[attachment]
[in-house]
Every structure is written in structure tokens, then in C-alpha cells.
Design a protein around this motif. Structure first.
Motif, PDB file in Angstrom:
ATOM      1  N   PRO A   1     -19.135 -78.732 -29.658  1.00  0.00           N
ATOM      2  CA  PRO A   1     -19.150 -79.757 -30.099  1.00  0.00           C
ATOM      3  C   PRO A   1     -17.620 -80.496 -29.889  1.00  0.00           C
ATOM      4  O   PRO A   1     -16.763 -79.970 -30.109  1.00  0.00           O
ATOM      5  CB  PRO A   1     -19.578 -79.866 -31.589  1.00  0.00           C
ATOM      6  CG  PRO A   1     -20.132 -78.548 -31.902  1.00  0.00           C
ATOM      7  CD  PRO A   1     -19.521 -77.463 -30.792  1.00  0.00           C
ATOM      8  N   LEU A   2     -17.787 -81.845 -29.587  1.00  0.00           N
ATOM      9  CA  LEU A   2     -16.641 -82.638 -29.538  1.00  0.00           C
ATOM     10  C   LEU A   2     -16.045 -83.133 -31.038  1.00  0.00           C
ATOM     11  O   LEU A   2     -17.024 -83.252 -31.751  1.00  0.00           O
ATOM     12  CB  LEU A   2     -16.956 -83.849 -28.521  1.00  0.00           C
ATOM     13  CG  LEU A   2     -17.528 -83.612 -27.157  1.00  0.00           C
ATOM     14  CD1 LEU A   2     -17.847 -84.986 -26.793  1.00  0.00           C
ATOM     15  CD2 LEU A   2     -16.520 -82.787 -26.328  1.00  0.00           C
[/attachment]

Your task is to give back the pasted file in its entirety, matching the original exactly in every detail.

[in-house]
Every structure is written in structure tokens, then in C-alpha cells.
Design a protein around this motif. Structure first.
Motif, PDB file in Angstrom:
ATOM      1  N   PRO A   1     -19.135 -78.732 -29.658  1.00  0.00           N
ATOM      2  CA  PRO A   1     -19.150 -79.757 -30.099  1.00  0.00           C
ATOM      3  C   PRO A   1     -17.620 -80.496 -29.889  1.00  0.00           C
ATOM      4  O   PRO A   1     -16.763 -79.970 -30.109  1.00  0.00           O
ATOM      5  CB  PRO A   1     -19.578 -79.866 -31.589  1.00  0.00           C
ATOM      6  CG  PRO A   1     -20.132 -78.548 -31.902  1.00  0.00           C
ATOM      7  CD  PRO A   1     -19.521 -77.463 -30.792  1.00  0.00           C
ATOM      8  N   LEU A   2     -17.787 -81.845 -29.587  1.00  0.00           N
ATOM      9  CA  LEU A   2     -16.641 -82.638 -29.538  1.00  0.00           C
ATOM     10  C   LEU A   2     -16.045 -83.133 -31.038  1.00  0.00           C
ATOM     11  O   LEU A   2     -17.024 -83.252 -31.751  1.00  0.00           O
ATOM     12  CB  LEU A   2     -16.956 -83.849 -28.521  1.00  0.00           C
ATOM     13  CG  LEU A   2     -17.528 -83.612 -27.157  1.00  0.00           C
ATOM     14  CD1 LEU A   2     -17.847 -84.986 -26.793  1.00  0.00           C
ATOM     15  CD2 LEU A   2     -16.520 -82.787 -26.328  1.00  0.00           C